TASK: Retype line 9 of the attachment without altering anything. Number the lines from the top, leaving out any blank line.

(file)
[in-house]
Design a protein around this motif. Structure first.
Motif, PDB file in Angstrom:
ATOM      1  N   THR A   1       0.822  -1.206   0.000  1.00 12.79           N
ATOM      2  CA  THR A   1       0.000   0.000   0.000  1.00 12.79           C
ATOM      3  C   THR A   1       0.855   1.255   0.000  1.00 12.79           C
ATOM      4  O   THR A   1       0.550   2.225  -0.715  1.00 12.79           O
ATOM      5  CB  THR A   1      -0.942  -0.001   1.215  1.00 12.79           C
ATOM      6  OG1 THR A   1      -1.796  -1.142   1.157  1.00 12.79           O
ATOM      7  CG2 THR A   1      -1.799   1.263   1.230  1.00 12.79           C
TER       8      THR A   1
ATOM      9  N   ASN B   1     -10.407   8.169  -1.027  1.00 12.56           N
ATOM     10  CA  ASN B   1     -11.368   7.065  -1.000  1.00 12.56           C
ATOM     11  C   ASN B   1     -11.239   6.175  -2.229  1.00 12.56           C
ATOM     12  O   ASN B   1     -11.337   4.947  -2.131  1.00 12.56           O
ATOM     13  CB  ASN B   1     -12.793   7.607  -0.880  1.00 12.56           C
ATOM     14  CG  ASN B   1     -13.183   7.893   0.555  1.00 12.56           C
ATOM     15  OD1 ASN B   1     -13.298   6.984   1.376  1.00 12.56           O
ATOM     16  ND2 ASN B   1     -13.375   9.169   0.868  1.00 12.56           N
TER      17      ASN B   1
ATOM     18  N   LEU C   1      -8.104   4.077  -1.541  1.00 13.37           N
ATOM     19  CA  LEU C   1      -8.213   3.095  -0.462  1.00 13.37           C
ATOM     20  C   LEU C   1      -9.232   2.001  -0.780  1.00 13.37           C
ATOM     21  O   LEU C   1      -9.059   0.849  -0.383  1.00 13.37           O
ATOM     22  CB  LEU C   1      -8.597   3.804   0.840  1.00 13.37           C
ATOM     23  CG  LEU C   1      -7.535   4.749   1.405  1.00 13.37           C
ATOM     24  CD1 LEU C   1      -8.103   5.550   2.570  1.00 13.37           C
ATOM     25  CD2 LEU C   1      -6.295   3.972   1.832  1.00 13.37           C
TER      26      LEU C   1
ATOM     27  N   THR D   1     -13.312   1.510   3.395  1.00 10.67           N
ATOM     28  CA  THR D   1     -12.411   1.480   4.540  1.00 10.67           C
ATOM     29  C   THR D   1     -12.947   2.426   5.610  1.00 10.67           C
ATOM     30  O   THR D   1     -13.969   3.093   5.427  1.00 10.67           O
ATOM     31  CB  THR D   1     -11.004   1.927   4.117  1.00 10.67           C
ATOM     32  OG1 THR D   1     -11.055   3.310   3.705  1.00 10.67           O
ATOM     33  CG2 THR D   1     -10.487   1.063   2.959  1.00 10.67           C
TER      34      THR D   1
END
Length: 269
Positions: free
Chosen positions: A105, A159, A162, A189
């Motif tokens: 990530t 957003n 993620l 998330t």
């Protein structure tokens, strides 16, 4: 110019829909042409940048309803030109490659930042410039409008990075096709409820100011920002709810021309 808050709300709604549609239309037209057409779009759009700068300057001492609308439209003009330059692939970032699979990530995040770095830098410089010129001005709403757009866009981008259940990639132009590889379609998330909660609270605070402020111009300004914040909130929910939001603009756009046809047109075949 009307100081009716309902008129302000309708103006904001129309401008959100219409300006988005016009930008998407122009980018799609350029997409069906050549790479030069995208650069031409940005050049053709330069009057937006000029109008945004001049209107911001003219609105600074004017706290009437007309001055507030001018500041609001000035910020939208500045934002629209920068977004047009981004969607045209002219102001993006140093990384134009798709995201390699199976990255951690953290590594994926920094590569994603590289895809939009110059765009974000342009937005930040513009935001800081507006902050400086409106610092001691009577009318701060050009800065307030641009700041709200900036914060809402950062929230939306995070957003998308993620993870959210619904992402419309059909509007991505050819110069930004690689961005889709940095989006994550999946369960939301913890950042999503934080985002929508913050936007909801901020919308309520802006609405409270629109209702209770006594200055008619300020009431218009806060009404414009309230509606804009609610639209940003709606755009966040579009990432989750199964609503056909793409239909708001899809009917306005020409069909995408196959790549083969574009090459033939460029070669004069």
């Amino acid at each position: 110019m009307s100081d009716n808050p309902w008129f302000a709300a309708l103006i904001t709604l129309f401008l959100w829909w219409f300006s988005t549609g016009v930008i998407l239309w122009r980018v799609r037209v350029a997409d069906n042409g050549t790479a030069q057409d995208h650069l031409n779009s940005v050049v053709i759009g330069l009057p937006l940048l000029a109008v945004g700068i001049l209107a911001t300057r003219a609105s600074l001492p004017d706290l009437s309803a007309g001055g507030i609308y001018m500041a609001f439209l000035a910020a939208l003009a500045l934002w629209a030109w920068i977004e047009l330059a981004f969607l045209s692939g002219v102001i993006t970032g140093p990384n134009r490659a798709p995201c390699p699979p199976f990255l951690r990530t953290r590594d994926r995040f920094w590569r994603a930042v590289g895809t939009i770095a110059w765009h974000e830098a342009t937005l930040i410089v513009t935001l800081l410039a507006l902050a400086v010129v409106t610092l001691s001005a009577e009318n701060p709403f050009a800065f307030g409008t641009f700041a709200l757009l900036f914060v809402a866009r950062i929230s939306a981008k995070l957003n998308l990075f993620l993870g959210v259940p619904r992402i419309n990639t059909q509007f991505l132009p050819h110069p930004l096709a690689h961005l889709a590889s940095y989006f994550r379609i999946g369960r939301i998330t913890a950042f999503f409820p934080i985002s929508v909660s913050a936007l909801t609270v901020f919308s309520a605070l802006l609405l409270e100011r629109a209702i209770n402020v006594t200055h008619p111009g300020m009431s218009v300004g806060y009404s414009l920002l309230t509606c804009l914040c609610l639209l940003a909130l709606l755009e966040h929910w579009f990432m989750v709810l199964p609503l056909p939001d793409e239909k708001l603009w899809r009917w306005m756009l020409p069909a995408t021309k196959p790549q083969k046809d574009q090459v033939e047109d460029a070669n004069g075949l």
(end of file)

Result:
ATOM      6  OG1 THR A   1      -1.796  -1.142   1.157  1.00 12.79           O